There no denying there are double standards when it comes to nudity, but both sexes need liberating from social oppression.
An article in the US magazine the Atlantic this week described one man’s childhood horror of boys’ open changing rooms and naked school swimming lessons. It felt like an injustice, he said, compared with the privacy that the girls were afforded – and this sense of injustice was only compounded in later life by public medical examinations in the army and extensive training on preserving a patient’s modesty in medical school, which mysteriously left out the needs of men. The message was clear throughout his life, says the author: women get toilet and changing cubicles, gowns at the doctors’ surgery and separate examination rooms. Men get told: man up, pants down.
It is a serious issue, and one that shouldn’t be swept under the carpet with the vague protest that women have to “put up with more”. The dreaded charade of undressing in front of your peers of the same sex is something most of us will have encountered at some point, whether in school or that one time you pledged to do “a year of rigorous exercise” and then went to the gym for a single 20-minute workout. It’s true that women do enjoy facilities catering for modesty a lot more often than their male counterparts. But it would be doing us all a disservice to forget to ask why.
One of the reasons for the difference is that age-old expectation of feminine modesty. Women’s bodies are covered so much more because they are generally considered a lot more sexual than men’s bodies. Most incidences of female nudity in mainstream film will be sexual, while most instances of male nudity are comedic. Think the perpetually naked Hodor in Game of Thrones, or the schoolgirls in Love Actually giggling at pictures of naked men while Andrew Lincoln’s character protests feebly, “Actually, they’re not funny – they’re art.” It’s heavily implied that the joke is on him.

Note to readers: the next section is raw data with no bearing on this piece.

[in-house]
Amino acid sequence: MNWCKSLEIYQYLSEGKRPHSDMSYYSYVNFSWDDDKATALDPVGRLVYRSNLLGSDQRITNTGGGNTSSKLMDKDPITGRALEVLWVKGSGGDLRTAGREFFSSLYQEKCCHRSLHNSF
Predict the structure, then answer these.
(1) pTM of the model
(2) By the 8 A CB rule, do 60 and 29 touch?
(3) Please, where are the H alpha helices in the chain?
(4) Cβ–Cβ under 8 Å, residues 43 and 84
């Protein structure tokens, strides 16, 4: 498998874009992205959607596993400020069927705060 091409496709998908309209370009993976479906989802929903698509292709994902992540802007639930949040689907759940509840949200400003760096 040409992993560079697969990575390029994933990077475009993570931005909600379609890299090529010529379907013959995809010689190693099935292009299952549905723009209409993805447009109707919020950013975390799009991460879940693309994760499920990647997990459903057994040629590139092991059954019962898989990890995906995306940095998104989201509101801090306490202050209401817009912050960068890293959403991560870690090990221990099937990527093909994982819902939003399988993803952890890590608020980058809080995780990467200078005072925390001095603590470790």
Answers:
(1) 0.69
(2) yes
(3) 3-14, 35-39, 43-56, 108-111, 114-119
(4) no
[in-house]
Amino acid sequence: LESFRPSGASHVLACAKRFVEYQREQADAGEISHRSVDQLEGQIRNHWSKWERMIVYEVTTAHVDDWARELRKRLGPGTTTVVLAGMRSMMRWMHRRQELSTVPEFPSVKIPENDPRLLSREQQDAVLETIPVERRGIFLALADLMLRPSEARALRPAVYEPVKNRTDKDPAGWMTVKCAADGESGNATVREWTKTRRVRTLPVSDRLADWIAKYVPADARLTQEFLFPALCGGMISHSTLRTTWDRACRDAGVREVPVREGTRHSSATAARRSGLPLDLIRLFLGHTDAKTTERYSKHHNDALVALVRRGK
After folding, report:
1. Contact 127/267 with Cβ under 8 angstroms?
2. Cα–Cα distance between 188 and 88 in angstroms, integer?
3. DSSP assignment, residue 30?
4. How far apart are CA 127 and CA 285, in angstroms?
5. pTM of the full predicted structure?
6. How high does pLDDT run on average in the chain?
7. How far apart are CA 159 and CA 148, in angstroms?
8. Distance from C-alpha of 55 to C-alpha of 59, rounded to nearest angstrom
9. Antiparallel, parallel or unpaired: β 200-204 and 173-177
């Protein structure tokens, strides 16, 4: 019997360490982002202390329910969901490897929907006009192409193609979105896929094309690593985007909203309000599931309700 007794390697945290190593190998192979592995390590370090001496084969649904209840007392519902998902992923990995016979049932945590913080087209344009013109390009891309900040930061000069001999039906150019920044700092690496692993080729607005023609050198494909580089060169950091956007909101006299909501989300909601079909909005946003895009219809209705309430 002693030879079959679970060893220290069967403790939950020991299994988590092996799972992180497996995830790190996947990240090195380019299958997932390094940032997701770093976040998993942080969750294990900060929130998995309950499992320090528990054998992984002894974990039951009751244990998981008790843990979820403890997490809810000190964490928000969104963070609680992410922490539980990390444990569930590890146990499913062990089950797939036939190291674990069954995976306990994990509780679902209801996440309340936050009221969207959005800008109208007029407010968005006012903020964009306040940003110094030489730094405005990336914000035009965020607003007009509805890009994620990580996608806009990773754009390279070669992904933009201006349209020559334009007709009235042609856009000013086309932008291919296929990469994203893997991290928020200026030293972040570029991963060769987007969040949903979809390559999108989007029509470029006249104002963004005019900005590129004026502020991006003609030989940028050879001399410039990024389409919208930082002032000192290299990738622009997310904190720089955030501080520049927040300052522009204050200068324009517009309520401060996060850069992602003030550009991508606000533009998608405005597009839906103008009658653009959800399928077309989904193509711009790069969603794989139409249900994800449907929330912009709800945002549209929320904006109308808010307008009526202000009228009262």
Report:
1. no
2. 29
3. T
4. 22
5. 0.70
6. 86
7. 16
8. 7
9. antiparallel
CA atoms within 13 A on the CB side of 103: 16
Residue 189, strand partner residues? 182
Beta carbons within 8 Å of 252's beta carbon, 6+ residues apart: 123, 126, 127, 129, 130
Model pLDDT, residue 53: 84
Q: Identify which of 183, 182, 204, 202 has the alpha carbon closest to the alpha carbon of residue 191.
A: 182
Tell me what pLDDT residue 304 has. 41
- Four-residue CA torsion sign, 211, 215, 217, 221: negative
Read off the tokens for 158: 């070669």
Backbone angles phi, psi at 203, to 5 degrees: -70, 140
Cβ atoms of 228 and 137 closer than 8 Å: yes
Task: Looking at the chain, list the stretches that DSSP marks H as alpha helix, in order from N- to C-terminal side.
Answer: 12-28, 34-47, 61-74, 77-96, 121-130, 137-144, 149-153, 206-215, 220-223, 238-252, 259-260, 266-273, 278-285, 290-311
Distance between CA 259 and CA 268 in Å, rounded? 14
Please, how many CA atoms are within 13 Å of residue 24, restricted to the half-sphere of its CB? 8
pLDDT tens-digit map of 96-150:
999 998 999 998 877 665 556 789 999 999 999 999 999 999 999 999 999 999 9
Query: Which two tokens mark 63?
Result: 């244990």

We have seen something of a move toward comedic female nudity in the last few years, which is progress even if women’s bodies only become comedic when they deviate from the young, slim, nubile ideal (think the perpetually horny Megan in Bridesmaids telling the air marshall that he should be able to “feel the heat from my undercarriage”.) This isn’t a million miles away from the treatment of men, who have in the past been presented as naked figures of fun because of their own imperfect bodies.
Until very recently, however, Hollywood was pretending that women who weren’t a certain sexy stereotype didn’t exist at all, lest it ruin the delicate constitutions of the audience forever. Variety in female nudity remains a ridiculously revolutionary concept: you only have to glance at the international news coverage concerning American Apparel’s new 62-year-old underwear model, Jacky O’Shaughnessy, or the rage accompanying Lena Dunham’s regular baring of “imperfect” breasts to realise just how unusual it really is – even dangerous.
And yet there is something even more dangerous than a 62-year-old woman proclaiming that “sexy has no expiry date” on a billboard: the humble boner. We all know they’re there, we are reminded of its existence daily by the spreadeagled “barely legal” models on the covers of certain magazines and such quality literature as the Buzzfeed “definitive ranking of boners from worst to best”. And yet, film and TV classification systems have always assiduously protected the erect penis, routinely categorising it as “obscene” while vaginas often, er, slip through the net. What is it that makes us balk most of all at a willy that’s being used quite naturally for sex rather than an elaborate comedy routine? When 50% of the population have them, what’s the big deal?
Among all this politicised discussion about what happens when people forgo their clothes, we often forget that the right to bare your body should go hand-in-hand with the right to cover it up. It’s clear that if we ever hope to have a sensible discussion about naked bodies, the playing field needs to be levelled for both sexes. Men need changing room partitions and a more sensitive approach to medical examinations. Women’s bodies need to be less policed by that tiresome Madonna/whore dichotomy that demands the hyper-sexualisation of curvy twentysomethings and extreme modesty from everybody else.
Meanwhile, if we could see some boners and stop calling vaginas frou-frous, then we’ll probably make some progress. I have more than one friend who genuinely confided during puberty that they’d become afraid to look down in the shower. For me, this represents the biggest social oppression: being told that your body is monstrous, rather than the most useful tool you’ll ever own. Man or woman, that’s the kind of thinking we need to do away with, as soon as humanly possible.